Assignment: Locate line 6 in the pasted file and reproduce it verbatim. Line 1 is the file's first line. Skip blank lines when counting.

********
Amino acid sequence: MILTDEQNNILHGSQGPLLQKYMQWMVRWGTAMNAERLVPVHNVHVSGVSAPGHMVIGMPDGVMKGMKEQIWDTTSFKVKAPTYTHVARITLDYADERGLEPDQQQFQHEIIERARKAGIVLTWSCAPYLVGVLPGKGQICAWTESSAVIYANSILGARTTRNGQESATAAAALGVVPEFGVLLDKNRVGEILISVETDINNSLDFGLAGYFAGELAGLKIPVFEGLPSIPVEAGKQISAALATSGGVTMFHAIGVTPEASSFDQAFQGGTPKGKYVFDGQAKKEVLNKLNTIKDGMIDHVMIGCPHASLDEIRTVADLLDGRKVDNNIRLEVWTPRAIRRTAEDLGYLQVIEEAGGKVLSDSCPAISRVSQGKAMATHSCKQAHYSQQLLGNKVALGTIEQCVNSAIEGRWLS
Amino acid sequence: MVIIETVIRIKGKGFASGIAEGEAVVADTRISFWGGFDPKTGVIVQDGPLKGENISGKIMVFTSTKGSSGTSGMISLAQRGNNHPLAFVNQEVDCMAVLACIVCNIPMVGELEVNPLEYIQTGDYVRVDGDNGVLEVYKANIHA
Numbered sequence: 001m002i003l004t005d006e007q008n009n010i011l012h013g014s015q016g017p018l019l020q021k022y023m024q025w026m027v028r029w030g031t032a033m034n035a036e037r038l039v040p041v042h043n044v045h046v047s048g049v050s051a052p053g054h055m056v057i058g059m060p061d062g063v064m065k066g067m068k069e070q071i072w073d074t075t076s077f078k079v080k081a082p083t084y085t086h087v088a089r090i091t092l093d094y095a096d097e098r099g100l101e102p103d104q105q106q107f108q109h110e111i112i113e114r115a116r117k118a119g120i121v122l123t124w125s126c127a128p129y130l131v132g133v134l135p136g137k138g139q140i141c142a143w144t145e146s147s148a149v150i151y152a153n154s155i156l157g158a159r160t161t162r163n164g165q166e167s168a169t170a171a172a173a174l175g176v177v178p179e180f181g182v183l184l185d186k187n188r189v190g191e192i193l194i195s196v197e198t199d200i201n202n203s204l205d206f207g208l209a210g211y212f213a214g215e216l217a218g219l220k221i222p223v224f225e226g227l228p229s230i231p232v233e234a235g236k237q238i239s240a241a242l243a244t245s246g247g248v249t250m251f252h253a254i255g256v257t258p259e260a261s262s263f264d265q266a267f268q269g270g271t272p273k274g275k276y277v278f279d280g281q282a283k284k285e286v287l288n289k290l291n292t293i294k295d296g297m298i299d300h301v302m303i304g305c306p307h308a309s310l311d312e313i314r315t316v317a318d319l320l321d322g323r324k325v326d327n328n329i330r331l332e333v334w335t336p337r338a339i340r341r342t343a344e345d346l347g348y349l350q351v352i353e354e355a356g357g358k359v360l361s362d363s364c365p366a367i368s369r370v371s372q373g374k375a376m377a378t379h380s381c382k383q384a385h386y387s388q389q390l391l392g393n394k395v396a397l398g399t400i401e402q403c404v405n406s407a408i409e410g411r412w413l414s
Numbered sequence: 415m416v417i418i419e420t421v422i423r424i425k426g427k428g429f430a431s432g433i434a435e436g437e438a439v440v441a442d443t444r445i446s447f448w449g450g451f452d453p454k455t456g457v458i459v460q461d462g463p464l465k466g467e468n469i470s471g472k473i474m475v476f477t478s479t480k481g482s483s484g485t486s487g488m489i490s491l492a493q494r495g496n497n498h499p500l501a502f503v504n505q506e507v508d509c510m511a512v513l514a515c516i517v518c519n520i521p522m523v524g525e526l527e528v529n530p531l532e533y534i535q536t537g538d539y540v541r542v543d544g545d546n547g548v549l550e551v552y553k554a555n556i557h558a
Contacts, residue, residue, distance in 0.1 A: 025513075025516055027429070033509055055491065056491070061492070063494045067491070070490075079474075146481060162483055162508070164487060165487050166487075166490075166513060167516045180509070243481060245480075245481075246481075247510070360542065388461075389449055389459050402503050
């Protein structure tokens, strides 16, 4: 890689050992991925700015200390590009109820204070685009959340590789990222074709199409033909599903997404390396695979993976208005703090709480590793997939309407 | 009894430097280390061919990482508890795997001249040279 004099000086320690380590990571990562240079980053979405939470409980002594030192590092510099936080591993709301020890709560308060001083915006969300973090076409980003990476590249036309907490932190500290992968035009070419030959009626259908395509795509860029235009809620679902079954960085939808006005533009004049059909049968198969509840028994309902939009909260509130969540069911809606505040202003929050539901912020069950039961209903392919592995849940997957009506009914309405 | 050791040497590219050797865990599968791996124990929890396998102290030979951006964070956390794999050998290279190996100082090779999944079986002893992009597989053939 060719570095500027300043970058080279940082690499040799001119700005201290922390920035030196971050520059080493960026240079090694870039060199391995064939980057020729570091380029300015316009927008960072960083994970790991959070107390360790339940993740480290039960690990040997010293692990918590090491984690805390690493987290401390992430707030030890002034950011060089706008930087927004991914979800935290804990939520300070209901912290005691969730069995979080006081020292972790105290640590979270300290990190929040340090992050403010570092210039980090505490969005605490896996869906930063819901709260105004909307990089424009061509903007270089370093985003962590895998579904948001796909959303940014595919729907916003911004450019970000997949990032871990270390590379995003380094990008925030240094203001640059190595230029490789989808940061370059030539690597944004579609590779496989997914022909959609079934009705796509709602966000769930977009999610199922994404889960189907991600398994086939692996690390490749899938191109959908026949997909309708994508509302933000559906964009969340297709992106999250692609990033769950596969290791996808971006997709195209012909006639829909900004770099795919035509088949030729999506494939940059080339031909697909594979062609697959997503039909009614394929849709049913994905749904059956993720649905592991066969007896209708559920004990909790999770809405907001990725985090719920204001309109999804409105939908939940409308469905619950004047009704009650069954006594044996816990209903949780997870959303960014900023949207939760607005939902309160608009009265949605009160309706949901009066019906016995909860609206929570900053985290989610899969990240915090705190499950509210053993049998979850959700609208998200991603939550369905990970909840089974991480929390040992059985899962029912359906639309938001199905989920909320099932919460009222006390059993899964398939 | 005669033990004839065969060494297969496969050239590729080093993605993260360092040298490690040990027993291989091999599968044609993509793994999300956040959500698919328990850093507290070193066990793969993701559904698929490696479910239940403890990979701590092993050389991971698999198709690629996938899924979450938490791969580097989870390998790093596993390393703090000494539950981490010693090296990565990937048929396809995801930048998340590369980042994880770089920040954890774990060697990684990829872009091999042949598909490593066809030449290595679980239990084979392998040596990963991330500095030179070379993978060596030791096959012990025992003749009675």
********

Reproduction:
């Protein structure tokens, strides 16, 4: 890689050992991925700015200390590009109820204070685009959340590789990222074709199409033909599903997404390396695979993976208005703090709480590793997939309407 | 009894430097280390061919990482508890795997001249040279 004099000086320690380590990571990562240079980053979405939470409980002594030192590092510099936080591993709301020890709560308060001083915006969300973090076409980003990476590249036309907490932190500290992968035009070419030959009626259908395509795509860029235009809620679902079954960085939808006005533009004049059909049968198969509840028994309902939009909260509130969540069911809606505040202003929050539901912020069950039961209903392919592995849940997957009506009914309405 | 050791040497590219050797865990599968791996124990929890396998102290030979951006964070956390794999050998290279190996100082090779999944079986002893992009597989053939 060719570095500027300043970058080279940082690499040799001119700005201290922390920035030196971050520059080493960026240079090694870039060199391995064939980057020729570091380029300015316009927008960072960083994970790991959070107390360790339940993740480290039960690990040997010293692990918590090491984690805390690493987290401390992430707030030890002034950011060089706008930087927004991914979800935290804990939520300070209901912290005691969730069995979080006081020292972790105290640590979270300290990190929040340090992050403010570092210039980090505490969005605490896996869906930063819901709260105004909307990089424009061509903007270089370093985003962590895998579904948001796909959303940014595919729907916003911004450019970000997949990032871990270390590379995003380094990008925030240094203001640059190595230029490789989808940061370059030539690597944004579609590779496989997914022909959609079934009705796509709602966000769930977009999610199922994404889960189907991600398994086939692996690390490749899938191109959908026949997909309708994508509302933000559906964009969340297709992106999250692609990033769950596969290791996808971006997709195209012909006639829909900004770099795919035509088949030729999506494939940059080339031909697909594979062609697959997503039909009614394929849709049913994905749904059956993720649905592991066969007896209708559920004990909790999770809405907001990725985090719920204001309109999804409105939908939940409308469905619950004047009704009650069954006594044996816990209903949780997870959303960014900023949207939760607005939902309160608009009265949605009160309706949901009066019906016995909860609206929570900053985290989610899969990240915090705190499950509210053993049998979850959700609208998200991603939550369905990970909840089974991480929390040992059985899962029912359906639309938001199905989920909320099932919460009222006390059993899964398939 | 005669033990004839065969060494297969496969050239590729080093993605993260360092040298490690040990027993291989091999599968044609993509793994999300956040959500698919328990850093507290070193066990793969993701559904698929490696479910239940403890990979701590092993050389991971698999198709690629996938899924979450938490791969580097989870390998790093596993390393703090000494539950981490010693090296990565990937048929396809995801930048998340590369980042994880770089920040954890774990060697990684990829872009091999042949598909490593066809030449290595679980239990084979392998040596990963991330500095030179070379993978060596030791096959012990025992003749009675």